For the future the UK DCTN will need a balanced and varied portfolio of studies. A strategic decision has been made to develop trials of three keys types: i) trials that rely on many investigators each providing small numbers of participants with an uncommon condition (e.g. bullous pemphigoid; ii) trials of more common conditions that can be done in a small number of centres with dedicated research support (e.g. acne and eczema); iii) trials involving specialty groups that have a particular interest in a disease or process (e.g. trials involving dermatology surgeons).
This study was made possible with the support of the UK Dermatology Clinical Trials Network (UK DCTN) and the Nottingham Clinical Trials Unit. The UK DCTN PATCH study group consists:
Trial Steering Group: Peter Featherstone (Independent Chair), Katharine Foster (trial manager), Hywel Williams (chief investigator), Kim Thomas (lead applicant), Joanne Chalmers (senior trials manager), Neil Cox (lead clinician), Andrew Nunn (statistician), Sarah Meredith (trialist/epidemiologist), James Mason (health economist), Peter Mortimer (dermatologist), David de Berker (dermatologist), Ingrid Salvary (dermatologist).
Trial Management Group: Katharine Foster (trial manager), Brenda Cooper (trial administrator), Joanne Chalmers (senior trial manager); Kim Thomas (lead applicant).
Data Monitoring Committee: Robert Hills (Chair), Beverley Adriaans (dermatologist), Jane Daniels (senior trials manager).
Investigators recruiting into the study: Nottinghamshire - John English (principal investigator (PI)), Nadia Bassi, Catherine Roberts, Elizabeth Bayliss, Joanne Llewellyn, Kate Potter, Sue Davies-Jones; Newcastle - Simon Meggitt (PI), Vikki Bridgett, Gayle Cosgrove, Jan Gebbie, John Wilson; Durham - Mary Carr (PI), Therese Sripathy; Aberdeen - Tony Ormerod (PI), Linda Lawson; Londonderry - Raymond Fulton (PI), Ann Witherow; Amersham - Ravi Ratnavel (PI), Arun Acharjya, Sue Hyde, Emma Wilkinson; Brighton - Liz Derrick (PI), Jessie Felton; Bristol - David de Berker (PI); Liverpool - Hazel Bell (PI), Richard Azurdia, Alison Duncan, Kath Panting, Hamish Hunter; Carlisle - Neil Cox (PI), Kath Gilbanks, Firas Al-Niaimi, Lynsey Smith; Salford - Chris Griffiths (PI), Loma Gardner, June Bowden, Jean Bastrilles; Ipswich - Sam Gibbs (PI), Sue Hood; Great Yarmouth - Ingrid Salvary (PI); Leicester - Graham Johnston (PI), Karen Harman, Vinod Elangasinghe; King's Lynn - Tina Green (PI),; Burton on Trent - Peter Cartwright (PI), Helen Nelson, Wendy Worth; Swansea - Debbie Shipley (PI), Lisa Bastin, Lucy Barlow; Cork - John Bourke (PI), Mary Hegarty, Blaithin Moriarty; Hull - Shernaz Walton (PI), Rubeena Zaman, Karen Rhodes; Watford - Michele Murdoch (PI), Frances Tatnall, Kapila Batta, Daisy Sandhu; York - Calum Lyon (PI); Reading - Ibrahim Nasr (PI), Karen Wilmott; Derby - Adam Ferguson (PI), Vaughan Keeley, Sue Rudd, Katie Riches, Sue Jordan; Norwich - Nick Levell (PI), Abby Macbeth, Anne Marie Skellett, George Millington, Carrie Wingfield, Becky Adcock; Gloucester - Tom Millard (PI); Portsmouth - Richard Brindle (PI), Helen Chesterfield, Keith Eldridge; Harrogate - Alison Layton (PI), Maggie Peat, Angela Wray, Gayle Law, Jasmina Mikeljevik; Oxford - Graham Ogg (PI), Tess McPherson.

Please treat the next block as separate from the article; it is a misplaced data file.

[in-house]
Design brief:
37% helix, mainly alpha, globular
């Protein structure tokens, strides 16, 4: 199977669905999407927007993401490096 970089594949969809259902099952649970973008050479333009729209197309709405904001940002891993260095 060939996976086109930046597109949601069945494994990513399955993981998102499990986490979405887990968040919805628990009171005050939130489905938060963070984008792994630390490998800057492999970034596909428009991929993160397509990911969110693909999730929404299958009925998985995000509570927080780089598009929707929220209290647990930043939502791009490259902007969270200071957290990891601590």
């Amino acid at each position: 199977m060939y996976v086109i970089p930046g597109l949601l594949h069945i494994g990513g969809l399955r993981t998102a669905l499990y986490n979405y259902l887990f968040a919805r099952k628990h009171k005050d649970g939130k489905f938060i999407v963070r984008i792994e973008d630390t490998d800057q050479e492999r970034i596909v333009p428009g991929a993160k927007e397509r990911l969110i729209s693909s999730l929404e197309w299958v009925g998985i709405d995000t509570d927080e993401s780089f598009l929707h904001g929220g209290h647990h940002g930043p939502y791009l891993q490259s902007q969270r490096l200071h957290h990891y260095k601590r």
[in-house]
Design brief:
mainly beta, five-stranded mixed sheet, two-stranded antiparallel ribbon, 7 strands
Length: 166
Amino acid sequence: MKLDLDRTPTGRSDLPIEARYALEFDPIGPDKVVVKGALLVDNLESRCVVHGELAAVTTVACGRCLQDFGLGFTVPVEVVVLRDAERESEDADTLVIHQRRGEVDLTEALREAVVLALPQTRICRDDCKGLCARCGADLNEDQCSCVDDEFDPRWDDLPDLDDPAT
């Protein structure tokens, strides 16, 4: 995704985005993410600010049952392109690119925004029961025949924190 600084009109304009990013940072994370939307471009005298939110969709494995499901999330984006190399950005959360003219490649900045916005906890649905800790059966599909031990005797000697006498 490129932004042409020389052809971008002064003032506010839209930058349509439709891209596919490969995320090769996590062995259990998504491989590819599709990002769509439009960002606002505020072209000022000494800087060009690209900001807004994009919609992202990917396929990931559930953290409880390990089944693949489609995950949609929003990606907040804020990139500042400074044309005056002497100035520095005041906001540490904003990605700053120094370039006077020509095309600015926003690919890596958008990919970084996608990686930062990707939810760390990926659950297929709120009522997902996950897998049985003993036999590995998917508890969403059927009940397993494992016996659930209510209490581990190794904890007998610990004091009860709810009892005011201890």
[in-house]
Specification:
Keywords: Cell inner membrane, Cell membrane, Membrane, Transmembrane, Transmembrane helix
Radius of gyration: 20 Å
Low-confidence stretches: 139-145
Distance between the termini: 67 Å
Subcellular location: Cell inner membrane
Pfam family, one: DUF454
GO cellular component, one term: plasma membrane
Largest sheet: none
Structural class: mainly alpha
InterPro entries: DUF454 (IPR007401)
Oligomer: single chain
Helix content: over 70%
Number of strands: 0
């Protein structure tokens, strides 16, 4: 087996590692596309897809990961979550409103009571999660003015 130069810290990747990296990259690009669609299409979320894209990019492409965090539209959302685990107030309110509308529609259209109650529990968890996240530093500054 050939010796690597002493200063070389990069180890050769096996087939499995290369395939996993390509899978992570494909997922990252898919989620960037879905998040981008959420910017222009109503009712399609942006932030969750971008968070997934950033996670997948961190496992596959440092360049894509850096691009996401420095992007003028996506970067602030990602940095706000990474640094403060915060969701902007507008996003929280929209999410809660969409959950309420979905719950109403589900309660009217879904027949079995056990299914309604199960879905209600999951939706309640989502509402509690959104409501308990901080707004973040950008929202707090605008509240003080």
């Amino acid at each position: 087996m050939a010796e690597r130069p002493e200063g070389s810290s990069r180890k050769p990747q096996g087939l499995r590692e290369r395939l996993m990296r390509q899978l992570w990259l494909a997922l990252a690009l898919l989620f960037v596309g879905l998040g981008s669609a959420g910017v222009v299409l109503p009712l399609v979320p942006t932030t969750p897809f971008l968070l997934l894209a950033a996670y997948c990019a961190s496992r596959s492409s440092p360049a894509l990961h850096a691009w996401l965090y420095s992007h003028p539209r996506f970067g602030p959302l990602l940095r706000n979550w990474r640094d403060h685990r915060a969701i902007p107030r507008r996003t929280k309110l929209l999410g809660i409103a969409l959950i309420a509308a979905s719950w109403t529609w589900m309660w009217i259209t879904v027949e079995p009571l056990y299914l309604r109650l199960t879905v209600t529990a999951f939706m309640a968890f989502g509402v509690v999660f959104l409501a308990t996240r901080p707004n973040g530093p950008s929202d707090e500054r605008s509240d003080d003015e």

Funding: This study was kindly funded by the BUPA Foundation.